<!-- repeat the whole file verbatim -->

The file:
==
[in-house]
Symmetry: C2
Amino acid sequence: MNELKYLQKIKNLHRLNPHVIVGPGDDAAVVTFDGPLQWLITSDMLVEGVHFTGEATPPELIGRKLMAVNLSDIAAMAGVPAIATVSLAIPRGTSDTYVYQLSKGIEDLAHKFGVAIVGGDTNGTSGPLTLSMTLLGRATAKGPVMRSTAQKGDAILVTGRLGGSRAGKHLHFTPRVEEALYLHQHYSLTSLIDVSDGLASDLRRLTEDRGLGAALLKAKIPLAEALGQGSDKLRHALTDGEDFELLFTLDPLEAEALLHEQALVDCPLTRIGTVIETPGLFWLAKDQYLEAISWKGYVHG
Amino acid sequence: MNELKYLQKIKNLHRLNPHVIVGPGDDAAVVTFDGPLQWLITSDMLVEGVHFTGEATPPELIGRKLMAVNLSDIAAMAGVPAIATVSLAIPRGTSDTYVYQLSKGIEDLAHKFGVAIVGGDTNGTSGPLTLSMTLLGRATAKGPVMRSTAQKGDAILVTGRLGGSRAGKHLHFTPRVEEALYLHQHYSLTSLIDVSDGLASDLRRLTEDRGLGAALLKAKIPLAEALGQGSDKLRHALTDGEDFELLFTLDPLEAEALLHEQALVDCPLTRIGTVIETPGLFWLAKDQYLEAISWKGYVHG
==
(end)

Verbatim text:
[in-house]
Symmetry: C2
Amino acid sequence: MNELKYLQKIKNLHRLNPHVIVGPGDDAAVVTFDGPLQWLITSDMLVEGVHFTGEATPPELIGRKLMAVNLSDIAAMAGVPAIATVSLAIPRGTSDTYVYQLSKGIEDLAHKFGVAIVGGDTNGTSGPLTLSMTLLGRATAKGPVMRSTAQKGDAILVTGRLGGSRAGKHLHFTPRVEEALYLHQHYSLTSLIDVSDGLASDLRRLTEDRGLGAALLKAKIPLAEALGQGSDKLRHALTDGEDFELLFTLDPLEAEALLHEQALVDCPLTRIGTVIETPGLFWLAKDQYLEAISWKGYVHG
Amino acid sequence: MNELKYLQKIKNLHRLNPHVIVGPGDDAAVVTFDGPLQWLITSDMLVEGVHFTGEATPPELIGRKLMAVNLSDIAAMAGVPAIATVSLAIPRGTSDTYVYQLSKGIEDLAHKFGVAIVGGDTNGTSGPLTLSMTLLGRATAKGPVMRSTAQKGDAILVTGRLGGSRAGKHLHFTPRVEEALYLHQHYSLTSLIDVSDGLASDLRRLTEDRGLGAALLKAKIPLAEALGQGSDKLRHALTDGEDFELLFTLDPLEAEALLHEQALVDCPLTRIGTVIETPGLFWLAKDQYLEAISWKGYVHG